Open Action

The Open Action
Last week we saw how to get into the classical side-on action for bowling. But if you have noticed over the years, most of the Caribbean fast bowlers have had an ‘open’ action. Players from the West Indies have always had a cavalier style of playing cricket. Their aggressive, attacking approach to cricket has won them many fans. Some of the strokes that they play may not be from the MCC coaching manual, but they have been exciting players and have dominated world cricket for well over two decades.

The strongly built West Indians love to bowl fast, and they ape the actions of their heroes. Their approach to cricket is simple and uncomplicated. Let’s now study an ‘open’ action delivery :

How do you bowl with an ‘Open’ Action?

In the ‘open’ action, when the back foot lands in the delivery stride, the toes of the back foot point towards fine leg. This is unlike the side-on action where the back foot lands parallel to the bowling crease.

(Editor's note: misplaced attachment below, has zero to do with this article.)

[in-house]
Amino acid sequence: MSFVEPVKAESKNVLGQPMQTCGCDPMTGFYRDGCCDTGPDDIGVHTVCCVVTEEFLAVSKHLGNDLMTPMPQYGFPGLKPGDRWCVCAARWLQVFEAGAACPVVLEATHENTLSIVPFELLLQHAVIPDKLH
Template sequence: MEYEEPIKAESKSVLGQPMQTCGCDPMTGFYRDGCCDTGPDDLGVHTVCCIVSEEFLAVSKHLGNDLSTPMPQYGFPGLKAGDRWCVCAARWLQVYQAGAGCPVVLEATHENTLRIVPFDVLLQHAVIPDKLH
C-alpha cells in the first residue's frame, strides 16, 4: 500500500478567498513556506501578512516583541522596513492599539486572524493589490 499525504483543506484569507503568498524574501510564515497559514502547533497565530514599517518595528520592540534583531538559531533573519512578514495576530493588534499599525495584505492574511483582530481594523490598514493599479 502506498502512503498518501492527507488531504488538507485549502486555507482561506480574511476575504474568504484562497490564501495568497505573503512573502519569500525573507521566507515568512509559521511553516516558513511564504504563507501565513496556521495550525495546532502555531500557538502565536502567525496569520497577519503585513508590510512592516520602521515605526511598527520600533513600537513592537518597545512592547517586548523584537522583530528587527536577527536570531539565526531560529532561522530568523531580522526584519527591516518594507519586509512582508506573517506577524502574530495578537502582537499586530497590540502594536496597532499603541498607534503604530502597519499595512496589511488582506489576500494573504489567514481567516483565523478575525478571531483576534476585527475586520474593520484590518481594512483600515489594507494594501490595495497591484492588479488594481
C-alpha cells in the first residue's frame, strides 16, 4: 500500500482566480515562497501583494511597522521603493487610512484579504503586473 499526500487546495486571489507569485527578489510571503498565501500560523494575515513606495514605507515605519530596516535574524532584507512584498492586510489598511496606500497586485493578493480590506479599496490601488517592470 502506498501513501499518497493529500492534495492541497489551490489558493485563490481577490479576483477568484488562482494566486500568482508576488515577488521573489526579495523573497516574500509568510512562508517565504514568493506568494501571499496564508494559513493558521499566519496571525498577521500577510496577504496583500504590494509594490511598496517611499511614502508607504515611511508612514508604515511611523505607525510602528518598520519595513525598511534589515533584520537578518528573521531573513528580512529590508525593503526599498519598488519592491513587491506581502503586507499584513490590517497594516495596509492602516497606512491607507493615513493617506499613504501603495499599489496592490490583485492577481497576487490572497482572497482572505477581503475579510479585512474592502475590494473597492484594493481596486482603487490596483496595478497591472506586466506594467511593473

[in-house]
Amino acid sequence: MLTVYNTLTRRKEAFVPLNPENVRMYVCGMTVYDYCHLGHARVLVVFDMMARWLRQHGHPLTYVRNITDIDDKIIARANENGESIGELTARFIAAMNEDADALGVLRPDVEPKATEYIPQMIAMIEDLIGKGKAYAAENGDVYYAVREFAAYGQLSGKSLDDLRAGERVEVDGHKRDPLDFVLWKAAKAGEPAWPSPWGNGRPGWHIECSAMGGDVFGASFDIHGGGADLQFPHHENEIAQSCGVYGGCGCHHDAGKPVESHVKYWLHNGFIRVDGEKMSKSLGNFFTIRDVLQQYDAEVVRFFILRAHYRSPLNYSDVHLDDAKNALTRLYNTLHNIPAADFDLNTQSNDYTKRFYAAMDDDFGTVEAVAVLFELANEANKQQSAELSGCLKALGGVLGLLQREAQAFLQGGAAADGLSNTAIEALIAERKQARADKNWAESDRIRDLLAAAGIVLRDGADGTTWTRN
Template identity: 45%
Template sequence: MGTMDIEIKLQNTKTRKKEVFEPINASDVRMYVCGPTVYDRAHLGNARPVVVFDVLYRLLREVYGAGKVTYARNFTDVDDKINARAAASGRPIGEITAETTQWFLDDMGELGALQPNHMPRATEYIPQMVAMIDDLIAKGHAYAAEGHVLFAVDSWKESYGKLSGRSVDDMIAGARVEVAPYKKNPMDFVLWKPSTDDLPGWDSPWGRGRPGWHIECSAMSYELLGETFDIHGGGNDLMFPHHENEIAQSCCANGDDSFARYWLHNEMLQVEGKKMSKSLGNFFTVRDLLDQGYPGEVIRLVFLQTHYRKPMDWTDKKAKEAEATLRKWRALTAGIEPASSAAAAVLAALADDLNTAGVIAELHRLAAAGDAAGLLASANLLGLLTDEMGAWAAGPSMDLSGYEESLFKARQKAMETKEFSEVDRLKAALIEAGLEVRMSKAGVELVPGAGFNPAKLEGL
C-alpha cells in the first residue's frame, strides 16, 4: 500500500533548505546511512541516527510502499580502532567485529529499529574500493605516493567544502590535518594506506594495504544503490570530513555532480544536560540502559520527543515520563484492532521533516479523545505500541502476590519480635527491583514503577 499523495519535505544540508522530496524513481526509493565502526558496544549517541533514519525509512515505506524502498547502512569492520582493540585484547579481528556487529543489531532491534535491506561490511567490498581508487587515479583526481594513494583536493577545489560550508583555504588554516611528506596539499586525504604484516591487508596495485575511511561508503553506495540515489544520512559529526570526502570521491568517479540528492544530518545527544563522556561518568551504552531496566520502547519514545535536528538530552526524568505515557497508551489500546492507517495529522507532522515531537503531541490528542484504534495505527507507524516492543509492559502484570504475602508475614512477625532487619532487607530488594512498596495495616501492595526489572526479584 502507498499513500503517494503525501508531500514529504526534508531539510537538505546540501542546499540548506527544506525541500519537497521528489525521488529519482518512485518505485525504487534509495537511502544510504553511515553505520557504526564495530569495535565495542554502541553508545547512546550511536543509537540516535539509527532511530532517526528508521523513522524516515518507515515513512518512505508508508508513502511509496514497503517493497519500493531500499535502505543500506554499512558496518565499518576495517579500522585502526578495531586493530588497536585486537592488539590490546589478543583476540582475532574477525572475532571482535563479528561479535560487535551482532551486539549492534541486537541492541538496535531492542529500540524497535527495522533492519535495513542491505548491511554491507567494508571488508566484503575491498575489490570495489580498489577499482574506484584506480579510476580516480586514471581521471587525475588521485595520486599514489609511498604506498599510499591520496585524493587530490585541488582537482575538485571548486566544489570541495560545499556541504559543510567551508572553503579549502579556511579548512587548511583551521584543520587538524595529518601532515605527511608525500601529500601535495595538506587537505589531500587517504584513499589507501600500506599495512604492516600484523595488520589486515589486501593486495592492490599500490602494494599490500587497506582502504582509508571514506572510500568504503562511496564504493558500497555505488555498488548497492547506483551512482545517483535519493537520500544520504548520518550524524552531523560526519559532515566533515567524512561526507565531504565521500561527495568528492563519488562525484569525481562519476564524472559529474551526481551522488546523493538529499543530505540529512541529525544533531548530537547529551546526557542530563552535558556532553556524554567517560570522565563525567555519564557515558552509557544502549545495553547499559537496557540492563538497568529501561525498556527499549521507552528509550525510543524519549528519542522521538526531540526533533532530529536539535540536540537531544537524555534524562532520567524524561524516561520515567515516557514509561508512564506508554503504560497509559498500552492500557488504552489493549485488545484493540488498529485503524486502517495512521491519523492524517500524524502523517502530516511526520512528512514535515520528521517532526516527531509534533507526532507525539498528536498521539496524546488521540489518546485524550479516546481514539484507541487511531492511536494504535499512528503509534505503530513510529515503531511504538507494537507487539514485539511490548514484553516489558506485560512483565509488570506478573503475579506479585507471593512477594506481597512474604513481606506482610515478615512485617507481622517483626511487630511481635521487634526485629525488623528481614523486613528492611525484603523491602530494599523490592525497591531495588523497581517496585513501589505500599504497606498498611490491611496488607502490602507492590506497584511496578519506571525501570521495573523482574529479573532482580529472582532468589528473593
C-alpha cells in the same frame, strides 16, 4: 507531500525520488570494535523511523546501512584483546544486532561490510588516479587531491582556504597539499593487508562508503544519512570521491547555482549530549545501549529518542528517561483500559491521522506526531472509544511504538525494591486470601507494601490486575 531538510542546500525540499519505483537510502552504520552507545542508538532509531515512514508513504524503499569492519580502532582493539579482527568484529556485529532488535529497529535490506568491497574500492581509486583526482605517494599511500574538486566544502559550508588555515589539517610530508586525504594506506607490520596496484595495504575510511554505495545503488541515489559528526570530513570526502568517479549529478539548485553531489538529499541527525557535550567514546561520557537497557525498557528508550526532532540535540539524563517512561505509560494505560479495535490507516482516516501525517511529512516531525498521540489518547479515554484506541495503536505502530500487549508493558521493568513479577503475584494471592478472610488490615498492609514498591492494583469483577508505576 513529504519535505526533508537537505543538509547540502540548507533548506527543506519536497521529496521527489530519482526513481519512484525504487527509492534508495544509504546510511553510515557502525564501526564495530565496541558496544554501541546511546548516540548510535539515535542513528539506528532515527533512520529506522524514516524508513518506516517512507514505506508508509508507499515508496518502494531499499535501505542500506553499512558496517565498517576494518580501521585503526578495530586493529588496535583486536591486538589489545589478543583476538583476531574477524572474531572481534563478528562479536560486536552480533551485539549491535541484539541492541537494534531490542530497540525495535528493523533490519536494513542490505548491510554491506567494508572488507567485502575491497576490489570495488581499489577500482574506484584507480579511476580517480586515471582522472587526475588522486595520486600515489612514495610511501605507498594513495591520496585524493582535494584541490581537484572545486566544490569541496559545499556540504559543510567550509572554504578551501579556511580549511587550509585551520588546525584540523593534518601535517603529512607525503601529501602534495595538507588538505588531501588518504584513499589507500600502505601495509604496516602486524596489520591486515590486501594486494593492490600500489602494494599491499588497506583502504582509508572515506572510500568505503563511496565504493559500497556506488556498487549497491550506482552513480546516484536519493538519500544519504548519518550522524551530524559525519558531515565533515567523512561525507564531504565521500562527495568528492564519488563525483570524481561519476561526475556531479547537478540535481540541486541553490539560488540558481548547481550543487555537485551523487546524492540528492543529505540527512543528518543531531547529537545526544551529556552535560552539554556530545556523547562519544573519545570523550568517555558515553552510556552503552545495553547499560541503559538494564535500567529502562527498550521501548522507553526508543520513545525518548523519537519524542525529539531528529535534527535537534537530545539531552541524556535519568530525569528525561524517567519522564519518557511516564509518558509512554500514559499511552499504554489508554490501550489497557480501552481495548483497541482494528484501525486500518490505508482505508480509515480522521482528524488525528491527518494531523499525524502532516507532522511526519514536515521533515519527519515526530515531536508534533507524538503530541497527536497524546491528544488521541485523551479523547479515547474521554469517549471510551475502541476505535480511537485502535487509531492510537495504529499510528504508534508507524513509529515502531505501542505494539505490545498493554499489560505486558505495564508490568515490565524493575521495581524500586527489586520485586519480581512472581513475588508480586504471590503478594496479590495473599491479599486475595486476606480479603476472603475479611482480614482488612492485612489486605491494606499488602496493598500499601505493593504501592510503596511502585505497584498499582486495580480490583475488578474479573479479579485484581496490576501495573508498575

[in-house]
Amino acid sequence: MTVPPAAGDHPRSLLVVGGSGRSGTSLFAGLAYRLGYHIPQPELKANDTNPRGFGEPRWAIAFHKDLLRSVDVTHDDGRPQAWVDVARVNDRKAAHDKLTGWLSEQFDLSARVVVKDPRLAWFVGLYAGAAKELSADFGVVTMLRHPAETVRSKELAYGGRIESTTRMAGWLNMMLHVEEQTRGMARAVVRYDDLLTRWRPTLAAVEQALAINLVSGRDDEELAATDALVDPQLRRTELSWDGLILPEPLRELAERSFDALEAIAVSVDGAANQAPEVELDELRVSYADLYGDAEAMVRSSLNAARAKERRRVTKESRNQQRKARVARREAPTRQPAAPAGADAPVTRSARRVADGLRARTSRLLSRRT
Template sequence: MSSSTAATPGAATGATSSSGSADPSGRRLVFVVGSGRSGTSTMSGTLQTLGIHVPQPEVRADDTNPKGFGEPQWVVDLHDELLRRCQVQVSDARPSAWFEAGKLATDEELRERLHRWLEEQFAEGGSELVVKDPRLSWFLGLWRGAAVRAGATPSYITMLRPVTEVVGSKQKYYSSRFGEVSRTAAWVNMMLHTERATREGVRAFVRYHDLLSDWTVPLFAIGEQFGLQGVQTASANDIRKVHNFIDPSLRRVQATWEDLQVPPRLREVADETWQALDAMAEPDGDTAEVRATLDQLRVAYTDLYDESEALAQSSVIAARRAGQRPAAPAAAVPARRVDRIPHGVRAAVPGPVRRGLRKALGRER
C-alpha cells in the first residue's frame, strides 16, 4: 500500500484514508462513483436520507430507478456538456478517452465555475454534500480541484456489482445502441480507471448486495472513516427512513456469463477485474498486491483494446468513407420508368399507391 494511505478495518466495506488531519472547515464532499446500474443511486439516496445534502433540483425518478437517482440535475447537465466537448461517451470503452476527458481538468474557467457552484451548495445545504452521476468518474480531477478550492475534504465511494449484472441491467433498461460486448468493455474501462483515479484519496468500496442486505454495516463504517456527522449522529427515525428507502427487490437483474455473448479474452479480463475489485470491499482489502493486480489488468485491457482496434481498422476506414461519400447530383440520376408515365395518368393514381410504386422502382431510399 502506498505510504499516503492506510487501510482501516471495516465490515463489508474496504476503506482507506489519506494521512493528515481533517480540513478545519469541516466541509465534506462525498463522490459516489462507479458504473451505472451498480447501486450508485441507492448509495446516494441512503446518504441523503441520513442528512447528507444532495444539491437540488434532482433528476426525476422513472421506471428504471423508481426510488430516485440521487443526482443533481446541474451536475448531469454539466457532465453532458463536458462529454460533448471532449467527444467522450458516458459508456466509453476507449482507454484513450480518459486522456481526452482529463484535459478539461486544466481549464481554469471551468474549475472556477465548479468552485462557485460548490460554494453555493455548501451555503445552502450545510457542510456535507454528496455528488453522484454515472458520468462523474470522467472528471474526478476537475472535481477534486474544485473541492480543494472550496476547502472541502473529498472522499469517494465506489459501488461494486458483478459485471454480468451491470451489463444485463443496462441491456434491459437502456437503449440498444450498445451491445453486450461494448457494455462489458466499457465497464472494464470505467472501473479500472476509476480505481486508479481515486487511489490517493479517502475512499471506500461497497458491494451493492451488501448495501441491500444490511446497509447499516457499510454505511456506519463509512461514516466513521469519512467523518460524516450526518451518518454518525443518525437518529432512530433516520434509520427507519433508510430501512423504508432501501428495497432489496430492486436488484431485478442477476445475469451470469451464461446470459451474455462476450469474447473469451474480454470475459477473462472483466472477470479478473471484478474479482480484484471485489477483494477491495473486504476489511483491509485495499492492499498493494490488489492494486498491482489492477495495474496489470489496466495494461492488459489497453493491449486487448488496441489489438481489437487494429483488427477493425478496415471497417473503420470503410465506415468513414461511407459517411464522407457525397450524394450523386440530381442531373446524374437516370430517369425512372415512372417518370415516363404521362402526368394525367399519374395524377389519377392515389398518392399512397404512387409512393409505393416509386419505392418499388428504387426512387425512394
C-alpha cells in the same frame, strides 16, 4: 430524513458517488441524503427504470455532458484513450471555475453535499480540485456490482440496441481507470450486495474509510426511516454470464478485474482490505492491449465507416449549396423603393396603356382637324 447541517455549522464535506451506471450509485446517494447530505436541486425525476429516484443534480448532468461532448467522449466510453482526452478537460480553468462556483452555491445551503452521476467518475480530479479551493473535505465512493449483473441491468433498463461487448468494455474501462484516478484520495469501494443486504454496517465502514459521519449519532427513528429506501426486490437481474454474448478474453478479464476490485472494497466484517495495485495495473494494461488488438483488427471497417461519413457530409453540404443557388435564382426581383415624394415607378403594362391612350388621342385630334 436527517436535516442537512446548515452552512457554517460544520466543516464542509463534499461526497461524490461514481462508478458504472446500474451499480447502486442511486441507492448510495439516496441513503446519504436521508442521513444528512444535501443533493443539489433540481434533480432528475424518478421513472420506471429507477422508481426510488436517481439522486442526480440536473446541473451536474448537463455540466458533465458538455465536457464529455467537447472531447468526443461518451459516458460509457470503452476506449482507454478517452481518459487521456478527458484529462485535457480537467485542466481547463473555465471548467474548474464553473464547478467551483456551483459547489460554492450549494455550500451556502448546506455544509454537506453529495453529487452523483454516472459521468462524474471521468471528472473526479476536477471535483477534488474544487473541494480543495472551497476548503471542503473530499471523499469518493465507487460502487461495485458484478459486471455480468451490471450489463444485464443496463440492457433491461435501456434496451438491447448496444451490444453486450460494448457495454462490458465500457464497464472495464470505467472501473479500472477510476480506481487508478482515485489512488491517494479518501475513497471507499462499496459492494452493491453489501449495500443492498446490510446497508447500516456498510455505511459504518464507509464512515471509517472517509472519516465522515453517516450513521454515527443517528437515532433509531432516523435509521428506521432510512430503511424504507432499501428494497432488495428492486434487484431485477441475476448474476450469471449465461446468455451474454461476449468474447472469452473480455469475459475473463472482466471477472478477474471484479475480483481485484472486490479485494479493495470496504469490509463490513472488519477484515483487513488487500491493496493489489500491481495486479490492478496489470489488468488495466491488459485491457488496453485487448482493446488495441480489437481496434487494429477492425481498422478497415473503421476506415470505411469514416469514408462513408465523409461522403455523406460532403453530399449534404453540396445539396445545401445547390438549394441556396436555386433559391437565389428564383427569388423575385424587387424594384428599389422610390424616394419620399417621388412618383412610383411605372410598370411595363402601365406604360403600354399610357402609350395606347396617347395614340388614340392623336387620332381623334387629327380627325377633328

Here the back foot is inside the line of front foot.

The front arm and shoulder open toward 2nd-3rd slip.

The bowler watches the batsman from the inside of the front arm.

The front elbow is briskly tugged into the side of the body

The front foot is open and the bowler releases the ball over his front foot.
The front arm action opens the front shoulder and the ball is released with a push towards the target
The shoulders, hips and feet are all open and in one plane and in same direction at the instant the ball is released.
There is no complicated pivoting of the hips in the ‘open’ action and that is one of the reasons why the fast bowlers with a completely ‘open’ action are less prone to injuries to the lower back.
This type of bowling action is good for swinging the ball into the batsman like most West Indies bowlers do. Basically, the ‘open’ action is conducive to bowling in-swingers and leg cutters but an out swinger can also be bowled with a little adjustment. We shall discuss this later.

Caution :

Bowlers with an ‘open’ action, when prone to dropping the front shoulder too much, may end up bending their bowling arm. More often than not such bowlers are thought to be ‘chuckers’.

The dropping of the front shoulder may also result in many deliveries going down the leg side of a right handed batsman.